Laws Of .com


On December 31, 2003, the U.S. Court of Appeals (7th Circuit) upheld the decision of the U.S. District Court (S.D. Ind.) which dismissed Honeywell's motion for a preliminary injunction to restrain Eco Manufacturing Inc. from manufacturing and distributing its EcoStat round thermostat pending trial of the main action.

Honeywell has been marketing a round thermostat (called "The Round") for over 50 years. Although its utility patents relating to the thermostat expired long ago, Honeywell had since obtained trademark protection for the shape of its thermostat.

Last year, Eco Manufacturing Inc., a start-up manufacturing company based in Lebanon, Indiana, began marketing a round thermostat (the "EcoStat"). Honeywell demanded that Eco stop manufacturing and distributing the EcoStat thermostat in violation of Honeywell's trademark rights. In response, Eco filed a complaint against Honeywell in the U.S. District Court (S.D. Ind.) seeking a declaratory judgment that its product would not infringe or dilute Honeywell's trademark rights, and the cancellation of Honeywell's federal trademark registration. Honeywell filed a counterclaim seeking equitable relief, and a motion for a preliminary injunction.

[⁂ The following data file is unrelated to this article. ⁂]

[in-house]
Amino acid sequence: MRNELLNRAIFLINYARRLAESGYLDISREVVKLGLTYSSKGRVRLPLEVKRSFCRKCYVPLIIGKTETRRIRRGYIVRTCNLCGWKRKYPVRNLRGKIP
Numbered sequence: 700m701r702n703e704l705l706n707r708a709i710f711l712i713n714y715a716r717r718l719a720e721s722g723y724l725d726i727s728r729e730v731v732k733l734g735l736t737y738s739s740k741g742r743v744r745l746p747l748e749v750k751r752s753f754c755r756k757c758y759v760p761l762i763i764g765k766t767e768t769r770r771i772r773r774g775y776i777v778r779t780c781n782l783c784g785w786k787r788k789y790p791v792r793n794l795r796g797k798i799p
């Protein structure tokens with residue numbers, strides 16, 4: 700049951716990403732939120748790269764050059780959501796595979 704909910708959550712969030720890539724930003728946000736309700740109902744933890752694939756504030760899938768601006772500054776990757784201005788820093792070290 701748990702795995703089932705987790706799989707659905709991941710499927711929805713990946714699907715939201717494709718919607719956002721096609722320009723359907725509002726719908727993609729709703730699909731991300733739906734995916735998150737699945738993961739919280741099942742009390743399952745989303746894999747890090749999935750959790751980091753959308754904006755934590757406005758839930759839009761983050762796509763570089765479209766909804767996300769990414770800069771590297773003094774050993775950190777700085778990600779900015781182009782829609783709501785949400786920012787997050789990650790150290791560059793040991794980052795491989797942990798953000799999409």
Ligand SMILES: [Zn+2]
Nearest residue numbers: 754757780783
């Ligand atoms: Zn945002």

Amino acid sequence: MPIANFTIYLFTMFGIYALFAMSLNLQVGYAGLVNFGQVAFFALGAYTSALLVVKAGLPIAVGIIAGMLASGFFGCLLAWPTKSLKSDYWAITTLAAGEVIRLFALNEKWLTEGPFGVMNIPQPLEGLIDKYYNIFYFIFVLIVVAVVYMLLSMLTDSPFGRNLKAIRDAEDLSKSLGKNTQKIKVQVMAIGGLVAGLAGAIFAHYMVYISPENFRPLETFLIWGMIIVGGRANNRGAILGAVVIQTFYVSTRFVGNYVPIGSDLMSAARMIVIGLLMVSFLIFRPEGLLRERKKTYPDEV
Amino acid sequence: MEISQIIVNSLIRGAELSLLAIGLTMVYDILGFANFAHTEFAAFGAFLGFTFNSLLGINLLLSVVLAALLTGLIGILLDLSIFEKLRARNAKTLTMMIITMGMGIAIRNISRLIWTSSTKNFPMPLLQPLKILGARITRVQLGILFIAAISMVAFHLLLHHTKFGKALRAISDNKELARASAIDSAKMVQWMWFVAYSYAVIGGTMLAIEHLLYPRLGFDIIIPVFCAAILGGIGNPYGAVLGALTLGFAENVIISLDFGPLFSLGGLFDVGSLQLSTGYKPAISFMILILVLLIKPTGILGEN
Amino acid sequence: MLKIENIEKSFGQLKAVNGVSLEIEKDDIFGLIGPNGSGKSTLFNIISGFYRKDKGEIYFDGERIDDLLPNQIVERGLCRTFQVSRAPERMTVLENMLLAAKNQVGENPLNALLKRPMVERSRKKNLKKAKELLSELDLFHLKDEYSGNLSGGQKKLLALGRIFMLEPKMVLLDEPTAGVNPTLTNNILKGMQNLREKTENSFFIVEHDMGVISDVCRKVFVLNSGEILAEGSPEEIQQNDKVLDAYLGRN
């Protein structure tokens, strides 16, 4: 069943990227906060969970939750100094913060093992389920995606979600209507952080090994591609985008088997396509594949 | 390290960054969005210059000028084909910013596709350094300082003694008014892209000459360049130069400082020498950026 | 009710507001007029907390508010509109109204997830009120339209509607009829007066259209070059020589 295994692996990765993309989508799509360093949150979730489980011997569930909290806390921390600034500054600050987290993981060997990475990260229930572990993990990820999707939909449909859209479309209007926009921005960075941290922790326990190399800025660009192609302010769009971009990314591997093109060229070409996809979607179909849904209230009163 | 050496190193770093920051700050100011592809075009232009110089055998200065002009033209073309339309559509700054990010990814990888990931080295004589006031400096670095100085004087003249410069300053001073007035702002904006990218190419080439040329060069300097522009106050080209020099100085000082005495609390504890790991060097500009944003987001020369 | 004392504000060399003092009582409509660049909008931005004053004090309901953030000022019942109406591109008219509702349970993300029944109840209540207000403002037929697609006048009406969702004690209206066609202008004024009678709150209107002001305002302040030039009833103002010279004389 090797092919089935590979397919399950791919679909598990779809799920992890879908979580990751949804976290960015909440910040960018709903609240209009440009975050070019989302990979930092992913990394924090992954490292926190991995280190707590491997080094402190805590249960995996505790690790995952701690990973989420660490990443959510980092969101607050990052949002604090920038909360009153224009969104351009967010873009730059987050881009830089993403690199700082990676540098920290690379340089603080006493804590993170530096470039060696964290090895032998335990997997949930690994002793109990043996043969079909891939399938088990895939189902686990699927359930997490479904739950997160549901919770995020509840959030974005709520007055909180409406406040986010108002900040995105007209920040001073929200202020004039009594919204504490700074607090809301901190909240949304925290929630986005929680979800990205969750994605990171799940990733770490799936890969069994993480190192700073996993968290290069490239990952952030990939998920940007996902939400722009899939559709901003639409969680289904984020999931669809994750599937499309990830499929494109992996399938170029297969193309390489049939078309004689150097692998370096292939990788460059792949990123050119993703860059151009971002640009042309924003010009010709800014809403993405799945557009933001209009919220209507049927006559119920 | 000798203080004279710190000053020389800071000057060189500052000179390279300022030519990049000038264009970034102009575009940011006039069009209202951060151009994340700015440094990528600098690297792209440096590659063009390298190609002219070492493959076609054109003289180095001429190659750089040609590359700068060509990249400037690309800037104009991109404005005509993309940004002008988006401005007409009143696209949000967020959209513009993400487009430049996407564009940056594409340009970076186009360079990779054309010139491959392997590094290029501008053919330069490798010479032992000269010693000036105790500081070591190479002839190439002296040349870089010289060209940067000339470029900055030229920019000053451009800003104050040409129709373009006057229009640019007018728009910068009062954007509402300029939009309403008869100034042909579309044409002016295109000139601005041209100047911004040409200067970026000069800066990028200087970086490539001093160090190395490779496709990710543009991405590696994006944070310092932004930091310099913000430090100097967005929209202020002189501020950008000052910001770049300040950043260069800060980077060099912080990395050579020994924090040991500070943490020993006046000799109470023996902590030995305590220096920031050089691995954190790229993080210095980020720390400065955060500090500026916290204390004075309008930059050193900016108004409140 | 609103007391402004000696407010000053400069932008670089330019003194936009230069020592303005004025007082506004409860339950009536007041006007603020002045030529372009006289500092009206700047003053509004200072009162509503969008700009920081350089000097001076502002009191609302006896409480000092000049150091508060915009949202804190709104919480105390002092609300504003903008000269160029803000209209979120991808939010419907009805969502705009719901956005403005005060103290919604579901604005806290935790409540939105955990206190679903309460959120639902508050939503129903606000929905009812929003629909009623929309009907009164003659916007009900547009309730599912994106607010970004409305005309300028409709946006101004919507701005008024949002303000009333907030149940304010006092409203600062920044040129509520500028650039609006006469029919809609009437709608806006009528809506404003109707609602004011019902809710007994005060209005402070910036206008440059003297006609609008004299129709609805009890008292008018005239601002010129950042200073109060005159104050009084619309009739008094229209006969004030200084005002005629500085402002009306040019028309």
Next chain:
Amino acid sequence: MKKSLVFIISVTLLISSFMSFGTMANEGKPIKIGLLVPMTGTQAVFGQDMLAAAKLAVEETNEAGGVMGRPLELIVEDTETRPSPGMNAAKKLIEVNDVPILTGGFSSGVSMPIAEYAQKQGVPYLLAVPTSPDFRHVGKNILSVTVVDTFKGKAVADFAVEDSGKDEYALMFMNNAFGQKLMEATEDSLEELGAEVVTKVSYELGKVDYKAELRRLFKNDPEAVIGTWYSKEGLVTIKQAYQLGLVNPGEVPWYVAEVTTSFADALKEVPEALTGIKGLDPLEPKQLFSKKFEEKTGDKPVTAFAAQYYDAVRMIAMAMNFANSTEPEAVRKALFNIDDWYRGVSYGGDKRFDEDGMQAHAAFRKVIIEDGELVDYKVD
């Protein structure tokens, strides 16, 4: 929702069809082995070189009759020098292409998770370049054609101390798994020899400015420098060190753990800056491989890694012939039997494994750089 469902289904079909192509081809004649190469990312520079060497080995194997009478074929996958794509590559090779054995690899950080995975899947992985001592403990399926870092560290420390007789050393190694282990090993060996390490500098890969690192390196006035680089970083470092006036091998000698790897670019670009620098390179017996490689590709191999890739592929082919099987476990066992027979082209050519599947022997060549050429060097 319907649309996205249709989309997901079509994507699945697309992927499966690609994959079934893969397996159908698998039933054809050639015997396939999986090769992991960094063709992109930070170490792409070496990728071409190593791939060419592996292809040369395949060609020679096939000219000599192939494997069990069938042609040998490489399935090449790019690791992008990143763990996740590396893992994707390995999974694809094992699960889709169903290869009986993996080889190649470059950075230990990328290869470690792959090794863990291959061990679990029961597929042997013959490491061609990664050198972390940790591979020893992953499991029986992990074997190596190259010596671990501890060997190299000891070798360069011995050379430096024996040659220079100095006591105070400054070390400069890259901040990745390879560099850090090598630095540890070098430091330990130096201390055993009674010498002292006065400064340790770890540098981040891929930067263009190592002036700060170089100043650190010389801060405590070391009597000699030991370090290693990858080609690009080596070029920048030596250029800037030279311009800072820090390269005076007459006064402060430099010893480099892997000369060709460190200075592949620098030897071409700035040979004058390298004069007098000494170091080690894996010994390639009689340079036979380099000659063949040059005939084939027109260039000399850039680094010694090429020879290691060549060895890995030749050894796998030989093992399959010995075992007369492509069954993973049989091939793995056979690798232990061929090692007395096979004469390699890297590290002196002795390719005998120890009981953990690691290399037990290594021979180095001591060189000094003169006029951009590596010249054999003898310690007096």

Judge David Hamilton of the U.S. District Court (S.D. Ind.) declined to issue a preliminary injunction against Eco. In his decision of June 20, 2003, he held that:

The shape of Honeywell's round thermostats cannot be protected by a valid trademark. That round shape was the subject of a long-expired utility patent. Eco and the other competitors are entitled to copy that useful and functional shape so long as they do not take other steps to create the impression that their round thermostats are made by or associated with Honeywell. Accordingly, Honeywell is unlikely to prevail on the merits of its trademark claims, and its motion for a preliminary injunction is hereby denied.


For a copy of the decision, visit: